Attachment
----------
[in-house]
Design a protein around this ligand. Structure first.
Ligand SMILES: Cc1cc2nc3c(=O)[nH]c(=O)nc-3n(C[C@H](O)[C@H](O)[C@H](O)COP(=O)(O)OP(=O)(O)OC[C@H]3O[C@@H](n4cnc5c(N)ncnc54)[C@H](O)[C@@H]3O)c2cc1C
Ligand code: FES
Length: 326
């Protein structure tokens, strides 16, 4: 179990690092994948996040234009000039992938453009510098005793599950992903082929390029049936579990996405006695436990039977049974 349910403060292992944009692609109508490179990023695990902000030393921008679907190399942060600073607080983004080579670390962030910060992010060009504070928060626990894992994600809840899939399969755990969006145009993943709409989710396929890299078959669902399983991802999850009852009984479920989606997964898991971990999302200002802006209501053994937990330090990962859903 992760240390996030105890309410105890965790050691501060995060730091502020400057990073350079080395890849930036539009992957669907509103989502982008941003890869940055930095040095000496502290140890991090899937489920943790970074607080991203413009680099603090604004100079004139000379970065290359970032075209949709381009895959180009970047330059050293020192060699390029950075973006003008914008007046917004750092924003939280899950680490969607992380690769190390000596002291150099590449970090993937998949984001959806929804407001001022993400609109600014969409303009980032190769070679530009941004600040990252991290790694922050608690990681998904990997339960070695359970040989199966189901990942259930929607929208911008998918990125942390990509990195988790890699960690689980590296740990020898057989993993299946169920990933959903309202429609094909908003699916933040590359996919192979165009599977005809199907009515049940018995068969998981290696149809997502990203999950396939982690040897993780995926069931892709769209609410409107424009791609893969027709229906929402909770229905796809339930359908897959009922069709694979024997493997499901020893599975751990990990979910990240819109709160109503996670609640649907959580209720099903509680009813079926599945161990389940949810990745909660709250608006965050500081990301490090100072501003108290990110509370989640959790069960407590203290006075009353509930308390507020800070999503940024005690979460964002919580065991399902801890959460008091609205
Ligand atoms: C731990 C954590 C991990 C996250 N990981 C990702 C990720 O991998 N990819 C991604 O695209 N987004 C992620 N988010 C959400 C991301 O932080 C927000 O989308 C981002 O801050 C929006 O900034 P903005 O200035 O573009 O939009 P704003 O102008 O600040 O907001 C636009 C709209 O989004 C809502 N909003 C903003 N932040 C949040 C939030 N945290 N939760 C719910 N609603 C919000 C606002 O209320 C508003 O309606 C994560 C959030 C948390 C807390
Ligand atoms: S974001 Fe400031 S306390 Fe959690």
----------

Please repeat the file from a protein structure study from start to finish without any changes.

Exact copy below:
[in-house]
Design a protein around this ligand. Structure first.
Ligand SMILES: Cc1cc2nc3c(=O)[nH]c(=O)nc-3n(C[C@H](O)[C@H](O)[C@H](O)COP(=O)(O)OP(=O)(O)OC[C@H]3O[C@@H](n4cnc5c(N)ncnc54)[C@H](O)[C@@H]3O)c2cc1C
Ligand code: FES
Length: 326
């Protein structure tokens, strides 16, 4: 179990690092994948996040234009000039992938453009510098005793599950992903082929390029049936579990996405006695436990039977049974 349910403060292992944009692609109508490179990023695990902000030393921008679907190399942060600073607080983004080579670390962030910060992010060009504070928060626990894992994600809840899939399969755990969006145009993943709409989710396929890299078959669902399983991802999850009852009984479920989606997964898991971990999302200002802006209501053994937990330090990962859903 992760240390996030105890309410105890965790050691501060995060730091502020400057990073350079080395890849930036539009992957669907509103989502982008941003890869940055930095040095000496502290140890991090899937489920943790970074607080991203413009680099603090604004100079004139000379970065290359970032075209949709381009895959180009970047330059050293020192060699390029950075973006003008914008007046917004750092924003939280899950680490969607992380690769190390000596002291150099590449970090993937998949984001959806929804407001001022993400609109600014969409303009980032190769070679530009941004600040990252991290790694922050608690990681998904990997339960070695359970040989199966189901990942259930929607929208911008998918990125942390990509990195988790890699960690689980590296740990020898057989993993299946169920990933959903309202429609094909908003699916933040590359996919192979165009599977005809199907009515049940018995068969998981290696149809997502990203999950396939982690040897993780995926069931892709769209609410409107424009791609893969027709229906929402909770229905796809339930359908897959009922069709694979024997493997499901020893599975751990990990979910990240819109709160109503996670609640649907959580209720099903509680009813079926599945161990389940949810990745909660709250608006965050500081990301490090100072501003108290990110509370989640959790069960407590203290006075009353509930308390507020800070999503940024005690979460964002919580065991399902801890959460008091609205
Ligand atoms: C731990 C954590 C991990 C996250 N990981 C990702 C990720 O991998 N990819 C991604 O695209 N987004 C992620 N988010 C959400 C991301 O932080 C927000 O989308 C981002 O801050 C929006 O900034 P903005 O200035 O573009 O939009 P704003 O102008 O600040 O907001 C636009 C709209 O989004 C809502 N909003 C903003 N932040 C949040 C939030 N945290 N939760 C719910 N609603 C919000 C606002 O209320 C508003 O309606 C994560 C959030 C948390 C807390
Ligand atoms: S974001 Fe400031 S306390 Fe959690």